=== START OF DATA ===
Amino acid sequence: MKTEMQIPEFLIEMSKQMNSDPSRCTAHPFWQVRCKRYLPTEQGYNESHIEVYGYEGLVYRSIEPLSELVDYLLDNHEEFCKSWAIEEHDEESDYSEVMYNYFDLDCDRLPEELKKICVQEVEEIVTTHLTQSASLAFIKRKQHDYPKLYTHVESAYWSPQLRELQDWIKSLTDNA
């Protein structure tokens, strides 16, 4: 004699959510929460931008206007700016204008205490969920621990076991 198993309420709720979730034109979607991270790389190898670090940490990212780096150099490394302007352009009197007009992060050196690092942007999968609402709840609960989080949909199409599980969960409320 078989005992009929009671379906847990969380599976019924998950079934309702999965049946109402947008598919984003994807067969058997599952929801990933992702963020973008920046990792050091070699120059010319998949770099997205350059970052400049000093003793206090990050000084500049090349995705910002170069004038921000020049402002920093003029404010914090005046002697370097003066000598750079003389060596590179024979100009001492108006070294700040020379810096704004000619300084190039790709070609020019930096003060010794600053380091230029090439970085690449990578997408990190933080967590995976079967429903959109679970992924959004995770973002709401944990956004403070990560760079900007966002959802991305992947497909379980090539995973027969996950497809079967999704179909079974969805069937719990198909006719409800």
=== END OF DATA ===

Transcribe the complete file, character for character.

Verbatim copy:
Amino acid sequence: MKTEMQIPEFLIEMSKQMNSDPSRCTAHPFWQVRCKRYLPTEQGYNESHIEVYGYEGLVYRSIEPLSELVDYLLDNHEEFCKSWAIEEHDEESDYSEVMYNYFDLDCDRLPEELKKICVQEVEEIVTTHLTQSASLAFIKRKQHDYPKLYTHVESAYWSPQLRELQDWIKSLTDNA
């Protein structure tokens, strides 16, 4: 004699959510929460931008206007700016204008205490969920621990076991 198993309420709720979730034109979607991270790389190898670090940490990212780096150099490394302007352009009197007009992060050196690092942007999968609402709840609960989080949909199409599980969960409320 078989005992009929009671379906847990969380599976019924998950079934309702999965049946109402947008598919984003994807067969058997599952929801990933992702963020973008920046990792050091070699120059010319998949770099997205350059970052400049000093003793206090990050000084500049090349995705910002170069004038921000020049402002920093003029404010914090005046002697370097003066000598750079003389060596590179024979100009001492108006070294700040020379810096704004000619300084190039790709070609020019930096003060010794600053380091230029090439970085690449990578997408990190933080967590995976079967429903959109679970992924959004995770973002709401944990956004403070990560760079900007966002959802991305992947497909379980090539995973027969996950497809079967999704179909079974969805069937719990198909006719409800």